Affirmative Action as Government Speech: The Court and Colorblindness

MON, OCT 4, 2010 (1:01:51)

Supreme Court affirmative action cases can be divided into two categories. First are those cases in which race-conscious government action provides a material benefit or preference to members of a minority group (e.g., Adarand and Grutter). Second are those cases where the government takes race-conscious action without causing any concrete disadvantage to non-minorities (e.g., Shaw v. Reno, Parents Involved). Under the Courts current Equal Protection doctrine, both categories of cases are presumptively unconstitutional because they both violate the principle of colorblindness.

The colorblindness doctrine is best understood as implicitly holding that non-disadvantaging affirmative action constitutes an expressive harm. This program expands upon the existing scholarship by arguing that functionally, the Court has come to view race-conscious, non-disadvantaging government action as a form of prohibited government speech. In essence, the Court has decided that when the government takes such action, it is sending an unconstitutional message that race still matters in our society. Under the government speech doctrine, however, the government is free to express its own message provided it does not restrict or compel private speech. The fact that members of the Court disagree with this message does not make it unconstitutional.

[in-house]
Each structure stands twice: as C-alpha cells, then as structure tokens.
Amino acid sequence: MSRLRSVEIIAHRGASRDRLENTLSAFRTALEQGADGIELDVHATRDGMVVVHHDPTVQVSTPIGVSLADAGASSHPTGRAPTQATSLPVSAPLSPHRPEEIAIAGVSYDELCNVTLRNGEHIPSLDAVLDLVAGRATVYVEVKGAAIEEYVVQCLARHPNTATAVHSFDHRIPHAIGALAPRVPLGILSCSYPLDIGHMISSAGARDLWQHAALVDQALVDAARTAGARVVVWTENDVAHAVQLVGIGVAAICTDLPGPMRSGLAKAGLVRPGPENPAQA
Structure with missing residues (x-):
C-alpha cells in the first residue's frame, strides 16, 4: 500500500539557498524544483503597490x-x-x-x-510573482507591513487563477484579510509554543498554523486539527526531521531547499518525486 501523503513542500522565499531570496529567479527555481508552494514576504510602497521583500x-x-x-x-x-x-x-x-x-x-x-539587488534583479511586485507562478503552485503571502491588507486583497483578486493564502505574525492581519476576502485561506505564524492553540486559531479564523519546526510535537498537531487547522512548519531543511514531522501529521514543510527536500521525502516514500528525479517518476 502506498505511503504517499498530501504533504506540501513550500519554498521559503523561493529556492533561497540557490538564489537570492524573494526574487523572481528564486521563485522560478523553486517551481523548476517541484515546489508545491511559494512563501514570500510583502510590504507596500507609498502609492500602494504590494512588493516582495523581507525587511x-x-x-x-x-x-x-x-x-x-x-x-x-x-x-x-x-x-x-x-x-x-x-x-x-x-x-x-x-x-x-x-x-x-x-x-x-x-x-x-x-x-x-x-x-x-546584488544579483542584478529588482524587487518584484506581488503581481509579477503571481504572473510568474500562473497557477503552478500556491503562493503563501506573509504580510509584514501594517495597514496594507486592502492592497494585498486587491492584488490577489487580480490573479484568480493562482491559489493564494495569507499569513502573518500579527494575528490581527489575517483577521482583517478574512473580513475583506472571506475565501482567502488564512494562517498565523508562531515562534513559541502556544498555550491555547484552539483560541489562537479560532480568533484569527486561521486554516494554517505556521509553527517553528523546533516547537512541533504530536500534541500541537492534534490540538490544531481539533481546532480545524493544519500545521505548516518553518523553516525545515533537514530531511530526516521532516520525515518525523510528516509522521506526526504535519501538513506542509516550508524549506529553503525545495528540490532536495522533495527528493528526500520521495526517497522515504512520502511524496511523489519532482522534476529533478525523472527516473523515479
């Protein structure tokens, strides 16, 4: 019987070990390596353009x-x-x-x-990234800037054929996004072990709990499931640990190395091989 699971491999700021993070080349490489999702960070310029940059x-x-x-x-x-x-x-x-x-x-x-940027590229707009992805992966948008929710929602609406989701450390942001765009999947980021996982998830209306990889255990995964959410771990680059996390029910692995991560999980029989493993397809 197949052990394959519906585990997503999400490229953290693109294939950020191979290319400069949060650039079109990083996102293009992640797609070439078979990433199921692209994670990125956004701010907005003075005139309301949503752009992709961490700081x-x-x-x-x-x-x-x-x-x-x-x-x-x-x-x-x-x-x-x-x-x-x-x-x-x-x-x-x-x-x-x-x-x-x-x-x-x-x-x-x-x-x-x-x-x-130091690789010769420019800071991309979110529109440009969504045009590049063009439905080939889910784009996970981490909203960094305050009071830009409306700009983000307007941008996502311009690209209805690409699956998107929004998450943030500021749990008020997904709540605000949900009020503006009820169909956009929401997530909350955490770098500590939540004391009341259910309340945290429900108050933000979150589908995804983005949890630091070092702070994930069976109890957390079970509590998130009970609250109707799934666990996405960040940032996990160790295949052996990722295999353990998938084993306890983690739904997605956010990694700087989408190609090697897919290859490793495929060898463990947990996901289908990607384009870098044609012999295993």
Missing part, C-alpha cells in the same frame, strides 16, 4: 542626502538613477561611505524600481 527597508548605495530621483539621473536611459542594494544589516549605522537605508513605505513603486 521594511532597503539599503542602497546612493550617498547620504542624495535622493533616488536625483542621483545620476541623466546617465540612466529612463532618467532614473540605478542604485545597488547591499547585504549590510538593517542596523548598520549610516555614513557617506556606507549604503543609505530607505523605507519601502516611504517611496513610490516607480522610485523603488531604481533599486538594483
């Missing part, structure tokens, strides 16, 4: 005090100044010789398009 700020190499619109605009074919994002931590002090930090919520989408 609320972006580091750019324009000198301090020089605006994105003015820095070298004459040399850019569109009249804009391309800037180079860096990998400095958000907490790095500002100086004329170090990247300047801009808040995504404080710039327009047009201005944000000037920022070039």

+ BIO: William Carter

Professor William M. Carter specializes in constitutional law, civil rights, critical race theory, and international human rights law. His articles have been published in respected journals such as the Harvard Civil Rights-Civil Liberties Law Review and the Berkeley Journal of International Law. Professor Carter teaches courses in the areas of civil procedure and civil rights.

Prior to joining the faculty of the Beasley School of Law at Temple University in 2007, Professor Carter was a Professor of Law at Case Western Reserve University School of Law. Upon graduation from law school, Professor Carter worked as a litigation associate in the Washington, D.C. offices of Squire, Sanders & Dempsey and Ropes & Gray.

Partner
Case Western Reserve University
Series
Civil Rights Movement Series